• [0036]
    A gas or a gas mixture containing the desired coating species is introduced into the process chamber, and a plasma is initiated. The plasma is run for a sufficient time to produce a desired coating thickness. The coating may have a thickness of about 1-10 micrometers, but is not limited to this thickness range. The coating thickness may be monitored using standard thin-film deposition monitors located in the process chamber. The coating thickness monitors may be left in place to monitor subsequent erosion of the coating and the need for recoating of the process chamber. This may be advantageous in determining the coating thickness required after a cleaning process or the coating process required between subsequent process runs.
  • [0037]
    When the process chamber is used for plasma ion implantation of substrates with different dopants by switching between processes, the process chamber may require cleaning to remove traces of unwanted dopants and thereby avoid the risk of cross-contamination. Chamber cleaning is a maintenance procedure which results in machine downtime. By depositing on the interior surfaces of the process chamber a coating that contains the new dopant to be implanted, the chamber can be prepared without significant downtime. The coating may be exposed to the process conditions and may be deposited as a dopant film or may act as a source of other atoms through chemical etching and/or physical sputtering mechanisms. In the event that atoms are removed from the coating during processing, these atoms should be either removed from the process mixture or they should be benign to the process. For this reason, the coating preferably has a composition that is close to the composition of the substrate surface during the process. Thus, the coating may include the substrate material and the dopant. The coating may be a single film or a stacked film structure with different compositions in different films.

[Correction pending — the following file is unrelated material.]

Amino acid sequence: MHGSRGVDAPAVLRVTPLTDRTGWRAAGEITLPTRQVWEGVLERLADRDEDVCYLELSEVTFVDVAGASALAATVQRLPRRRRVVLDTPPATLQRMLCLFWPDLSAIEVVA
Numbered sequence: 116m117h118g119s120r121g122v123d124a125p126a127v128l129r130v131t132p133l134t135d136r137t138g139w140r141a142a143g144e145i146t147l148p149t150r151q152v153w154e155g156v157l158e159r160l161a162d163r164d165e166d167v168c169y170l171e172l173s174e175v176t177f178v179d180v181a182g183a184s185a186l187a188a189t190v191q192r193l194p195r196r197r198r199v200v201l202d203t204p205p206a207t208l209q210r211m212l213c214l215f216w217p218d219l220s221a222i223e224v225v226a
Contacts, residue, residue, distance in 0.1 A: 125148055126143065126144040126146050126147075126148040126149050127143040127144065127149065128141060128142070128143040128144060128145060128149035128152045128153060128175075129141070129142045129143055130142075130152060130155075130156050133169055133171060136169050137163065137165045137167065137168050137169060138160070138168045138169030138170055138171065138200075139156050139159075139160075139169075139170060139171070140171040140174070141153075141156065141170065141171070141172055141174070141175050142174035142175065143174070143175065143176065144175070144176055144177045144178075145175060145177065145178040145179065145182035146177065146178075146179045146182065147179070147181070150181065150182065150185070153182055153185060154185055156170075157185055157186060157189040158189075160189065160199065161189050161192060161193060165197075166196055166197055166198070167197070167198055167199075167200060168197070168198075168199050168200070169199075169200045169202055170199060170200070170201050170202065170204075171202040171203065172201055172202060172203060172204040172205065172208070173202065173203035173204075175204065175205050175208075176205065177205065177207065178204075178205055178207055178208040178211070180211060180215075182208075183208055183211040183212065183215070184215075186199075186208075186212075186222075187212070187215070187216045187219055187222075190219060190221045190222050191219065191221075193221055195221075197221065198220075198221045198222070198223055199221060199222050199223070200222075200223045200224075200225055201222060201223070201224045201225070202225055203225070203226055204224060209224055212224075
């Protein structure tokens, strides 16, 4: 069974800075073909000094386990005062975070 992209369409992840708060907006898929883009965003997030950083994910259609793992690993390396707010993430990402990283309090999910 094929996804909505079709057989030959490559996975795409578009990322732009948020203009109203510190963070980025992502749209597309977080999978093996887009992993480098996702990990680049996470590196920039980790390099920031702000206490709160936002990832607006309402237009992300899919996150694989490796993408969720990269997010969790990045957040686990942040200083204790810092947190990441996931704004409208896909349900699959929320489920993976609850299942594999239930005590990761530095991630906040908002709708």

• [0038]
    In typical practice, the coating may include silicon as the substrate material and boron, phosphorus or arsenic as the dopant material. The two materials are provided through in-situ decomposition of precursors under conditions that result in deposition of a coating. The composition of the resulting coating or film stack may be controlled by manipulating the relative ratios of the two precursors. Typical silicon precursors include silanes (SinH2n+2, where n=1, 2, 3, . . . ) or organosilanes such as IMS, TES, etc. or halosilanes such SiF4, SiCl4, etc., while dopant precursors may be hydrides (such as B2H6, PH3, AsH3, etc.) or halides (BF3, BCl3, PF3, PF5, AsF5, etc.). The coating process may also utilize a diluent gas, such as an inert gas (helium, argon or xenon) or a reactive gas (F2, Cl2, H2, etc.), to control the composition of the coating.